him excellent meals, and in general cared for him in every way. Her high spirits help lift the writer’s own darker moods, and the witty exchanges his private eye Philip Marlowe became famous for were to some degree played out in his own marriage to the woman he adored and who he nursed lovingly through the abominable anarchy of old age. Chandler lived only five years after Cissy’s death---five very troubled and in many ways unhappy years. Part of that time he spent in London, the scene of much of his youth, where he had been raised by his divorced Irish-Anglo mother and attended Dulwich College (his American father had abandoned the family when Chandler was only seven and living in Nebraska). But a good portion of his final years

were spent in La Jolla, in various rented houses and hotels. After Cissy’s death, he lived on and off at the Hotel Del Charro. He also a rented house at 1265 Park Row, and later settled into a cottage at 6925 Neptune Place where he wrote much of his last novel, Playback, which takes place in a fictional version of La Jolla called Esmeralda and has many scenes set in a hotel modeled on La Valencia. That novel was published in 1957, just two years before Chandler’s death. His last residence was 834 Prospect Street, a cottage he rented from a woman named Mrs. Murray who he seems to have been very fond of. The cottage is no longer there. Like so many places, it’s fallen victim to redevelopment. From his

Drawing; 1998 oil pastel, 13.5” x 17”

residence on Prospect Street Chandler was able to walk to the village center, and often did so. The Whaling Bar was only a short distance a way, though it must have seemed a long journey to an ailing and lonely writer. While researching my book on Chandler, The Long Embrace: Raymond Chandler and The Woman He Loved, I spent a number of evenings in The Whaling Bar. It always seemed a magical place, replete with ghosts but fully alive with the present. It was the sort of place Chandler liked, one with a sense of the past, frequented by people with taste and class. He once said, I like people with manners, grace, some social intuition, and education slightly above

the Reader’s Digest fan, people whose pride of living does not express itself in their kitchen gadgets and automobiles. I don’t like people who can’t sit still for a half an hour without a drink in their hands, and apart from that I should prefer an amiable drunk to Henry Ford. I like a conservative atmosphere, a sense of the past; I like everything Americans of past generations used to go and look for in Europe, but at the same time I don’t want to be bound by the rules. In The Whaling Bar, one could find such an atmosphere, and Chandler appreciated that. The civilized feeling exuded by the old hotel, the beauty of the intimate bar, with its authentic harpoons and pewter candle holders, the antique wooden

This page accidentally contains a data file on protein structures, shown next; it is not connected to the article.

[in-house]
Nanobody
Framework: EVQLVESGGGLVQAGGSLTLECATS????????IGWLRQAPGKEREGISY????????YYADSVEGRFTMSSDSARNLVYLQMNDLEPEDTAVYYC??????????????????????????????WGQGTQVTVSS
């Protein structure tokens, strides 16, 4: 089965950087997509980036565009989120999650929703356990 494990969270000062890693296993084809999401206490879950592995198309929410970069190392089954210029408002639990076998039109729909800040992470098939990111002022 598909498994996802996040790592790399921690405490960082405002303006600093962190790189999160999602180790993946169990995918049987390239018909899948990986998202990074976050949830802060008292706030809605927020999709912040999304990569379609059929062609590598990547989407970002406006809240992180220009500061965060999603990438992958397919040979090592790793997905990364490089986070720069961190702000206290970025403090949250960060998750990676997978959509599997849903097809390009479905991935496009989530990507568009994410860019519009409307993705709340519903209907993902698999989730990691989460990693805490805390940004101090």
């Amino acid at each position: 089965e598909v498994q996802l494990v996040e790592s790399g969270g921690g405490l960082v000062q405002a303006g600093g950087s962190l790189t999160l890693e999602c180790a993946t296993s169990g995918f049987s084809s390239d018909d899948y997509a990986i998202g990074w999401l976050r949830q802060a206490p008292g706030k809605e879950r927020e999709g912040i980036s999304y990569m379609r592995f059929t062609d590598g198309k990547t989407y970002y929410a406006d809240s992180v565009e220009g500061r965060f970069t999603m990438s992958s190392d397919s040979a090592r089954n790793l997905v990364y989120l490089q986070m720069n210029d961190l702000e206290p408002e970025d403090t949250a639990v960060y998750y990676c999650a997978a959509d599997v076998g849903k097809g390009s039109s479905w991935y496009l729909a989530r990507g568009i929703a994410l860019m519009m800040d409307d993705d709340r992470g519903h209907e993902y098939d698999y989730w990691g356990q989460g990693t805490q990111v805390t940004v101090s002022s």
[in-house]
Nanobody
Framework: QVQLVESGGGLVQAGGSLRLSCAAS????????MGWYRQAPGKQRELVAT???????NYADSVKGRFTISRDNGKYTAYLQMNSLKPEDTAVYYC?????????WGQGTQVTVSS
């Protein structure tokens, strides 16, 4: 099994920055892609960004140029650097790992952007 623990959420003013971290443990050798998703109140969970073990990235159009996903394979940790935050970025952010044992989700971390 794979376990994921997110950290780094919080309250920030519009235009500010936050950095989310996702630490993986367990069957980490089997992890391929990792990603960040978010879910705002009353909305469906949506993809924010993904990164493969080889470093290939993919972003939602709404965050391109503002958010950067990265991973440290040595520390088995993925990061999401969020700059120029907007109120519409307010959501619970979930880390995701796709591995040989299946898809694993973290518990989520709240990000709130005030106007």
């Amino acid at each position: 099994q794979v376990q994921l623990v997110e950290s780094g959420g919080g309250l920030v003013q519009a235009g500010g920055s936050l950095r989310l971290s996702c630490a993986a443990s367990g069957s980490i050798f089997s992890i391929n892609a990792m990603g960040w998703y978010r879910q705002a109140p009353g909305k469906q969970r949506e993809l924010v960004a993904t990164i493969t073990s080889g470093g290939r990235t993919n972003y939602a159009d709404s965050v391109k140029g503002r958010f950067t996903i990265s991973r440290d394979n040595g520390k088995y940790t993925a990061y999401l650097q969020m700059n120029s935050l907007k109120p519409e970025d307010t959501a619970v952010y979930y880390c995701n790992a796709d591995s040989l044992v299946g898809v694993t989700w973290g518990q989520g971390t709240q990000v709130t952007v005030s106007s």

shutters, the miniature paintings and display of carved ivory scrimshaw, and red leather booths provided a sense of coziness as well as a pleasing aesthetic. Even the mural on the wall above the bar, depicting a New Bedford whaling scene, originally painted by Wing Howard, must have amused him--that little piece of East Coast Old World transplanted to the new. I wonder if he was around when the blood got painted out of the water----when the wounded whales, pierced by harpoons, magically became bloodless in their suffering, and the roiled blue waters became unsullied by the dying beasts---just to satisfy the bar patrons who didn’t like to mix tragedy with a felicitous hour.

Drawing; 2003, soft pastel, casein, 20.5” x 29”

Bars were something Chandler knew a thing or two about, having spent a good deal of time in a good many of them. They held a special beauty and magic for him, especially at that bewitching hour when they first opened for business: I like bars just after they open for the evening. When the air inside is still cool and clean and everything is shiny and the barkeep is giving himself that last look in the mirror to see if his tie is straight and his hair is smooth. I like the neat bottles on the bar back and the lovely shining glasses and the anticipation. I like to watch the man mix the first one of the evening and put it down on a crisp mat and put the little folded napkin beside it. I like to taste it slowly. The first

quiet drink of the evening in a quiet bar---that’s wonderful. Raul Guerrero has captured the feeling of this kind of bar, The Whaling Bar, in paintings that suggest both the present and the past, a rarefied atmosphere where time stops, people line up for a gimlet, or martini, or scotch rocks, and the world outside goes on, and on, unobserved. But here time is arrested for a while. I’ve always admired Raul’s paintings, but I have a special affection for this body of work and its depiction of an iconic La Jolla landmark. Because it reminds me of Chandler, arguably the most iconic of La Jolla’s many famous residents and also one of my literary heroes, a great American novelist who once said of himself

that only he and Marilyn Monroe had managed to reach all the brows---high brow, low brow, and middle brow. That was his magic and legacy, this ability to transform the lowly mystery novel into literature and to reach across generations and races and different classes to capture his audience. And here, in this very particular landscape of the no-time, all-time, no-place and every-place Whaling Bar, Raul Guerrero and Mr. Chandler finally meet. I think they might have liked each other.

Judith Freeman Sept. 26, 2007

Drawing; 2003 india ink, 17” x 22”

Drawing; 2003 india ink, soft pastel, watercolor, 20.5� x 27�

Drawing; 2003 india ink, watercolor, 21” x 28”

Drawing; 2003 india ink, 17” x 24”

Drawing; 2003 india/sepia ink, soft pastel, 20” x 27”

Drawing; 2003 india ink, 20” x 27”

Drawing; 2003 india ink, collage, 20.5” x 26”

Drawing; 2003 india ink, watercolor, collage, 16.5� x 22�

Painting; 2003 oil/linen, 24” x 30”

Painting; 2003 oil/linen, 40” x 56”

Painting; 2004 oil/linen, 48” x 66”

Painting; 2004, oil/linen, 56” x 80”

Painting; 2006 oil/linen, 56” x 75.5”